Early in my career, I used to warn potential clients that fibromyalgia was a “diagnosis of exclusion.”Many physicians seemed to be making the diagnosis of fibromyalgia, when everything else was ruled out.There did not seem to be actual objective evidence of fibromyalgia, just an inability to diagnose anything else.Proving disability in these cases was bound to be difficult due to the lack of objective medical evidence. The Social Security Administration also picked up on the lack of standards in making the diagnosis of fibromyalgia and seemingly never granted disability on that diagnosis alone.

In July 2012, the Social Security Administration issued a new ruling with regards to the evaluation of fibromyalgia.(See SSR 12-2p).This ruling recognizes that the diagnosis of fibromyalgia is no longer just a diagnosis of exclusion, is medically accepted, and has objective measures.The ruling’s primary purpose is to provide guidance as to determining whether fibromyalgia is a medically determinable impairment (MDI). If you look at my prior posts, you will see that I have not spent any time on whether a medical condition is a MDI.That is because in most instances, it is a non-issue.The question of whether the claimant has a MDI is actually a prerequisite to the five step sequential evaluation process.(See 5 Step Disability Evaluation Process).The fact that this ruling focuses on whether fibromyalgia is a MDI shows you just how difficult it still is to claim disability based on fibromyalgia alone.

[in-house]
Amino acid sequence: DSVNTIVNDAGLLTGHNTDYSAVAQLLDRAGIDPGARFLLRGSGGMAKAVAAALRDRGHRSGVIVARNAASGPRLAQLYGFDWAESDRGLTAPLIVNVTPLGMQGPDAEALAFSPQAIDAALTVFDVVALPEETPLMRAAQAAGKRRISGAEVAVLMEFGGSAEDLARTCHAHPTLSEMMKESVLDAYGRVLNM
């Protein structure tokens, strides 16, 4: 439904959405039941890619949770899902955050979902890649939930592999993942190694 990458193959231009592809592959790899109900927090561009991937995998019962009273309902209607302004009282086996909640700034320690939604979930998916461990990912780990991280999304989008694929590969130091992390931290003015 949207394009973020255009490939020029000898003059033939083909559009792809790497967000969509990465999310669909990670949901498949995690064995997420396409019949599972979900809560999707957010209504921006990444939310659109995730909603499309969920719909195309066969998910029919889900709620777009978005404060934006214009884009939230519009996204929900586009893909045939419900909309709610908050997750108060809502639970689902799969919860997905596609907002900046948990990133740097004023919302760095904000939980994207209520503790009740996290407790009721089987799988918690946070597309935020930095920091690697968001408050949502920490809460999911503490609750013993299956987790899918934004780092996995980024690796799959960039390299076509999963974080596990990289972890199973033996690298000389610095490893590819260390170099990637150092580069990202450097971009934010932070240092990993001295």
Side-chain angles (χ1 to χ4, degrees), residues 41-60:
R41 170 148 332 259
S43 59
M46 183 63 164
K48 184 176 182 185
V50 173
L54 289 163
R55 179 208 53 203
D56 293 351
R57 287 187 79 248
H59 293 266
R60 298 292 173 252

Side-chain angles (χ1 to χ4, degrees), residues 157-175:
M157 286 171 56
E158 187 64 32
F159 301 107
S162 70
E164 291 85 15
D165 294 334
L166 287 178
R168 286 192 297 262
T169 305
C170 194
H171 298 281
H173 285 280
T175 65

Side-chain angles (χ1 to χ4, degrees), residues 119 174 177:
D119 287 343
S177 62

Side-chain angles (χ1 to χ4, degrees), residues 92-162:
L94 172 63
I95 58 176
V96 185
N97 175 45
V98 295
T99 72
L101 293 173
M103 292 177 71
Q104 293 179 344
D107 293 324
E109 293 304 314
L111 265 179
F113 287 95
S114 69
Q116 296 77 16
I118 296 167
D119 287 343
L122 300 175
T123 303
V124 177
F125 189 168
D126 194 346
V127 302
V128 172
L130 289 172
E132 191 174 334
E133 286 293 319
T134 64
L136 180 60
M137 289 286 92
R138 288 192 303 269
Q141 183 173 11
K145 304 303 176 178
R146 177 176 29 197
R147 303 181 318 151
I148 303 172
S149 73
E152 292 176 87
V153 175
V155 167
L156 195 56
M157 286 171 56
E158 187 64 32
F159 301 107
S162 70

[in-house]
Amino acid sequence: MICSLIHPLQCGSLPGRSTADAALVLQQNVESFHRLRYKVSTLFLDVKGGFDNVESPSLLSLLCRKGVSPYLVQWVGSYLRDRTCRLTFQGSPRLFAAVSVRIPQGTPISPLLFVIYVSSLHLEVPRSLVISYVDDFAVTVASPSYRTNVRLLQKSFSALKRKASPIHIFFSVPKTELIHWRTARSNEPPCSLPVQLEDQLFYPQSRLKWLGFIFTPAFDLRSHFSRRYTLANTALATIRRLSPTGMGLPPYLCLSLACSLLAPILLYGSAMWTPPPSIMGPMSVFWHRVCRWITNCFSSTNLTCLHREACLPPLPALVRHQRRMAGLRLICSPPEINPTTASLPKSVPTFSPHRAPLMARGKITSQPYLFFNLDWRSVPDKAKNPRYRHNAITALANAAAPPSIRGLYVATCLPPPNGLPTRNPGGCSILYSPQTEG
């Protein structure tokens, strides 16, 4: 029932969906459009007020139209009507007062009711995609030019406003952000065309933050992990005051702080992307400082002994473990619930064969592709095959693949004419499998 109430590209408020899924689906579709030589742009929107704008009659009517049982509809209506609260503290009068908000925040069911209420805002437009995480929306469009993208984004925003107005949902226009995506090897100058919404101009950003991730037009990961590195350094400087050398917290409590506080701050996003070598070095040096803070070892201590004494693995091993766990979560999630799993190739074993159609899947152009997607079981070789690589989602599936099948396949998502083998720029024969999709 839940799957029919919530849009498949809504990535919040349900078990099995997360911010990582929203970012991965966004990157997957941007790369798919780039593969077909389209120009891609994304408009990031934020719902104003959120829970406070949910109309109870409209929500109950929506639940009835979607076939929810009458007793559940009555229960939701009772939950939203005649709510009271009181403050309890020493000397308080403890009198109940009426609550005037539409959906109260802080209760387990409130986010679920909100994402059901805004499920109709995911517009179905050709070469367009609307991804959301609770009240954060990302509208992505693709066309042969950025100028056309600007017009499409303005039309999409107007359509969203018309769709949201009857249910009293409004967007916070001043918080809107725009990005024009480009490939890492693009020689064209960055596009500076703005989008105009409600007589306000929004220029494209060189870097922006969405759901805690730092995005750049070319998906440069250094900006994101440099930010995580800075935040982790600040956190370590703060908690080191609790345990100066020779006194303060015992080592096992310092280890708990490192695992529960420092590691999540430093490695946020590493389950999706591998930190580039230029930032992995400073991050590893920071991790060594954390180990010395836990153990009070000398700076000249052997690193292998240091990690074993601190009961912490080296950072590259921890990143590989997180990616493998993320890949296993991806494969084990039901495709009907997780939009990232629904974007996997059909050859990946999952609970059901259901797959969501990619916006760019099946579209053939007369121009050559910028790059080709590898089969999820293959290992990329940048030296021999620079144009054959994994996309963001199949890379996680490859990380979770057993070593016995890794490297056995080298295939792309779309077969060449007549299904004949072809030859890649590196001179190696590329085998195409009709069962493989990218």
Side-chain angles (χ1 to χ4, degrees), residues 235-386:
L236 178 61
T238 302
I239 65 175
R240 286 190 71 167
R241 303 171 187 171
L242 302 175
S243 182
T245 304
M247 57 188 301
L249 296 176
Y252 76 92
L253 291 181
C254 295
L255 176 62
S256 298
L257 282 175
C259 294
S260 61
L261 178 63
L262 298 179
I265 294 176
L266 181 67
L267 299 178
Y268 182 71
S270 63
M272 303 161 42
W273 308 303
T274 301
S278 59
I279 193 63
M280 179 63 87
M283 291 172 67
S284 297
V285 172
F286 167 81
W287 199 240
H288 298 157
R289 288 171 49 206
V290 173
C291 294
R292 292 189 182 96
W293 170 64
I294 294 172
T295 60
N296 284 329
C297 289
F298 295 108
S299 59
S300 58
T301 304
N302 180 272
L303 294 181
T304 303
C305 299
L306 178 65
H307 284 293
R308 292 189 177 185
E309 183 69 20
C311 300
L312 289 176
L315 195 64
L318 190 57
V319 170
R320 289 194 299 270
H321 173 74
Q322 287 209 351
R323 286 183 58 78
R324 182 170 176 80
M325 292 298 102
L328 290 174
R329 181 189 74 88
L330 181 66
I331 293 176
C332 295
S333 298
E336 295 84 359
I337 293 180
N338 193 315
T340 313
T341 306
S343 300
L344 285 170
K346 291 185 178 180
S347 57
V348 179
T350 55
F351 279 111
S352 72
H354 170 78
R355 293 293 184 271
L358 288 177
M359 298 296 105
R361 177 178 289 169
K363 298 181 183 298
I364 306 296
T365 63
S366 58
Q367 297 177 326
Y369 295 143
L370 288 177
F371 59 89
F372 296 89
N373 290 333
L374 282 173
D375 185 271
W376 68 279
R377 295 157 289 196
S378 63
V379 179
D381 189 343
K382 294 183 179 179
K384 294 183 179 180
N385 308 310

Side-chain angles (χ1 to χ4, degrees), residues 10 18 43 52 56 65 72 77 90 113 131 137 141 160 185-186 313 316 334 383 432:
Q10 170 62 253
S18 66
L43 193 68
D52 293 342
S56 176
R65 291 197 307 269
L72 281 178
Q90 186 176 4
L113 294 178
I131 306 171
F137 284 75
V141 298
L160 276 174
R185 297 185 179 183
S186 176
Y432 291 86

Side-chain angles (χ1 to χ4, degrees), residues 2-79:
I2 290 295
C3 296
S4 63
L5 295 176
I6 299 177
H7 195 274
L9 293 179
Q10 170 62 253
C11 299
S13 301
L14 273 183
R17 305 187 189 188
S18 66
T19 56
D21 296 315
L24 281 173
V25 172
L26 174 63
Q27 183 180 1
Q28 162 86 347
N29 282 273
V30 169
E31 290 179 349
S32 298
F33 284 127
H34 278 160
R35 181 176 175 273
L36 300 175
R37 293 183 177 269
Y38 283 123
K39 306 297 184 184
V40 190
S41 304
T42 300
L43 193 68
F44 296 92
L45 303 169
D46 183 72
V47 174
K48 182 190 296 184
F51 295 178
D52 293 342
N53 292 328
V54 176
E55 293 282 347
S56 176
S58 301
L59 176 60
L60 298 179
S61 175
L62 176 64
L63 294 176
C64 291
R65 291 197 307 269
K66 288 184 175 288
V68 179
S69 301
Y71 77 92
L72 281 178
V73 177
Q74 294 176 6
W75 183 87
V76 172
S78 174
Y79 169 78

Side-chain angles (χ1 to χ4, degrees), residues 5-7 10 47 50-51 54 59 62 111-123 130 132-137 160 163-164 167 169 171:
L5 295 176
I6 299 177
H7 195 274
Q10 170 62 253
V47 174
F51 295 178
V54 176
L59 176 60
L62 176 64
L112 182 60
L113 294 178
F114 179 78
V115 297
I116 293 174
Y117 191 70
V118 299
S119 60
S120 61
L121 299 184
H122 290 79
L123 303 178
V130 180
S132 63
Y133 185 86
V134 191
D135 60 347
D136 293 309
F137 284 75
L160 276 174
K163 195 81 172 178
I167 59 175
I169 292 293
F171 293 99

Is the claimant’s allegation of fibromyalgia a medically determinable impairment (MDI)?

A licensed physician (medical or osteopathic) must make the diagnosis of fibromyalgia.Thus, it cannot be made by a nurse practitioner, physician’s assistant or chiropractor.Moreover, the treatment notes must support the diagnosis of fibromyalgia.The notes must contain evidence of generalized widespread pain for a minimum of three months.The treatment notes must also reflect that other causes have been ruled out (e.g., blood tests to rule out lupus, rheumatoid arthritis, etc.).Assuming that the treatment notes contain everything mentioned above, they also must contain evidence of either:

  • eleven positive tender points,or
  • repeated manifestations of at least six of these symptoms:fatigue, cognitive problems, memory problems (i.e. fibro fog), waking unrefreshed, depression, anxiety, irritable bowel syndrome.